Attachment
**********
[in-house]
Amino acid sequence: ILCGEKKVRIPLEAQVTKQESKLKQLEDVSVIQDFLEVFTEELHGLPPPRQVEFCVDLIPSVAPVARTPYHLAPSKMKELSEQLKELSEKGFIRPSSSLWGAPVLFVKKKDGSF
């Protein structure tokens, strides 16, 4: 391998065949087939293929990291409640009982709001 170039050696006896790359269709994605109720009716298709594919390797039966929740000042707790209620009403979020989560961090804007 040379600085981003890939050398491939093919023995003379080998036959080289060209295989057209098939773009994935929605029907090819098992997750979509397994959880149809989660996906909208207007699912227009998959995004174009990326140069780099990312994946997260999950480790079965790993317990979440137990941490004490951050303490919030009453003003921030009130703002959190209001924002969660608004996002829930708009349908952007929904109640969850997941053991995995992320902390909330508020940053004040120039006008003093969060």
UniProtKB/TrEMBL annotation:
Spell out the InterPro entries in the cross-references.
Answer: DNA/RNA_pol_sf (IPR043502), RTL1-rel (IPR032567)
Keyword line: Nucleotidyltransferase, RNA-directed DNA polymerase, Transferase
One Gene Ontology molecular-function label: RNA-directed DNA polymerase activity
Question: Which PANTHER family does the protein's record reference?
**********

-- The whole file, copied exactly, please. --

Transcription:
[in-house]
Amino acid sequence: ILCGEKKVRIPLEAQVTKQESKLKQLEDVSVIQDFLEVFTEELHGLPPPRQVEFCVDLIPSVAPVARTPYHLAPSKMKELSEQLKELSEKGFIRPSSSLWGAPVLFVKKKDGSF
């Protein structure tokens, strides 16, 4: 391998065949087939293929990291409640009982709001 170039050696006896790359269709994605109720009716298709594919390797039966929740000042707790209620009403979020989560961090804007 040379600085981003890939050398491939093919023995003379080998036959080289060209295989057209098939773009994935929605029907090819098992997750979509397994959880149809989660996906909208207007699912227009998959995004174009990326140069780099990312994946997260999950480790079965790993317990979440137990941490004490951050303490919030009453003003921030009130703002959190209001924002969660608004996002829930708009349908952007929904109640969850997941053991995995992320902390909330508020940053004040120039006008003093969060």
UniProtKB/TrEMBL annotation:
Spell out the InterPro entries in the cross-references.
Answer: DNA/RNA_pol_sf (IPR043502), RTL1-rel (IPR032567)
Keyword line: Nucleotidyltransferase, RNA-directed DNA polymerase, Transferase
One Gene Ontology molecular-function label: RNA-directed DNA polymerase activity
Question: Which PANTHER family does the protein's record reference?